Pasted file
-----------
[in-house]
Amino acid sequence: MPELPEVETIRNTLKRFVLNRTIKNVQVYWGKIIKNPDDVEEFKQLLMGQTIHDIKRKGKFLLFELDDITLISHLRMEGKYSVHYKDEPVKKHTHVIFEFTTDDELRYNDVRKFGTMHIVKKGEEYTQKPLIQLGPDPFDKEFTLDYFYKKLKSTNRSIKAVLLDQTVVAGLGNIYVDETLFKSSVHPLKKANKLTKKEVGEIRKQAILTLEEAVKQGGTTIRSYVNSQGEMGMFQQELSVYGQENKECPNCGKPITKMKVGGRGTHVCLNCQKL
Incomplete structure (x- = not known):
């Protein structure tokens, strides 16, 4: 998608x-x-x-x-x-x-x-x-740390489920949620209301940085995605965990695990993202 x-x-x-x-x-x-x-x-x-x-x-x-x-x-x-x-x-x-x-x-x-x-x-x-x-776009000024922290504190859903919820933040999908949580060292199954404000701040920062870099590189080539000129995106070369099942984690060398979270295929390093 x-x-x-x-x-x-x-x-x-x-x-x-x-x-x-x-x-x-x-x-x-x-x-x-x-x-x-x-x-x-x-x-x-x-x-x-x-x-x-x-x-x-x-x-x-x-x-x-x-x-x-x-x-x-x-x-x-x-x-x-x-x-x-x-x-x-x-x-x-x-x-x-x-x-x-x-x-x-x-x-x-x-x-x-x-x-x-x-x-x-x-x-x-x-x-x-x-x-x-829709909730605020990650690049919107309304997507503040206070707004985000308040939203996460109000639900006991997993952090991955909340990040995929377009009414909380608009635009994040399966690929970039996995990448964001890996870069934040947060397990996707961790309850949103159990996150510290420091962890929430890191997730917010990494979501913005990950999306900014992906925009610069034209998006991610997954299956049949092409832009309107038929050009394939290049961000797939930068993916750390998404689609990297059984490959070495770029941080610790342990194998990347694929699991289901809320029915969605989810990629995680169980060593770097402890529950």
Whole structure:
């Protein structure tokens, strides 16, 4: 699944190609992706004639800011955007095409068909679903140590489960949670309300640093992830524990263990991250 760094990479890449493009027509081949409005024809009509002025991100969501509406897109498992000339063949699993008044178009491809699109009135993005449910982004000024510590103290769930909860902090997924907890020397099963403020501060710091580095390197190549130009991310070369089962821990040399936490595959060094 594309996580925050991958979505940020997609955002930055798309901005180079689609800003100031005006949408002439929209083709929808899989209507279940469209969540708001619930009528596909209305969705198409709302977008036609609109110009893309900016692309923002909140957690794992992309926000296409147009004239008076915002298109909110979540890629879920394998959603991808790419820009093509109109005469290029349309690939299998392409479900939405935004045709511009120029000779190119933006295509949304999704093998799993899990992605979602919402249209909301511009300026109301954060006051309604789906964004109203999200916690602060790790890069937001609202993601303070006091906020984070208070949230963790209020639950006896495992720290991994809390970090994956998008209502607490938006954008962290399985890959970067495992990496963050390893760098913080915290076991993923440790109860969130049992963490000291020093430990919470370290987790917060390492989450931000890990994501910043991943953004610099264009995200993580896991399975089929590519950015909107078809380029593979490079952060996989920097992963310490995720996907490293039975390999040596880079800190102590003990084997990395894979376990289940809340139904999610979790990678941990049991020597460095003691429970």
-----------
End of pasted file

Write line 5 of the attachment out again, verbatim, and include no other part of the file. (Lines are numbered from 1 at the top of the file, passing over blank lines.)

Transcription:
Whole structure: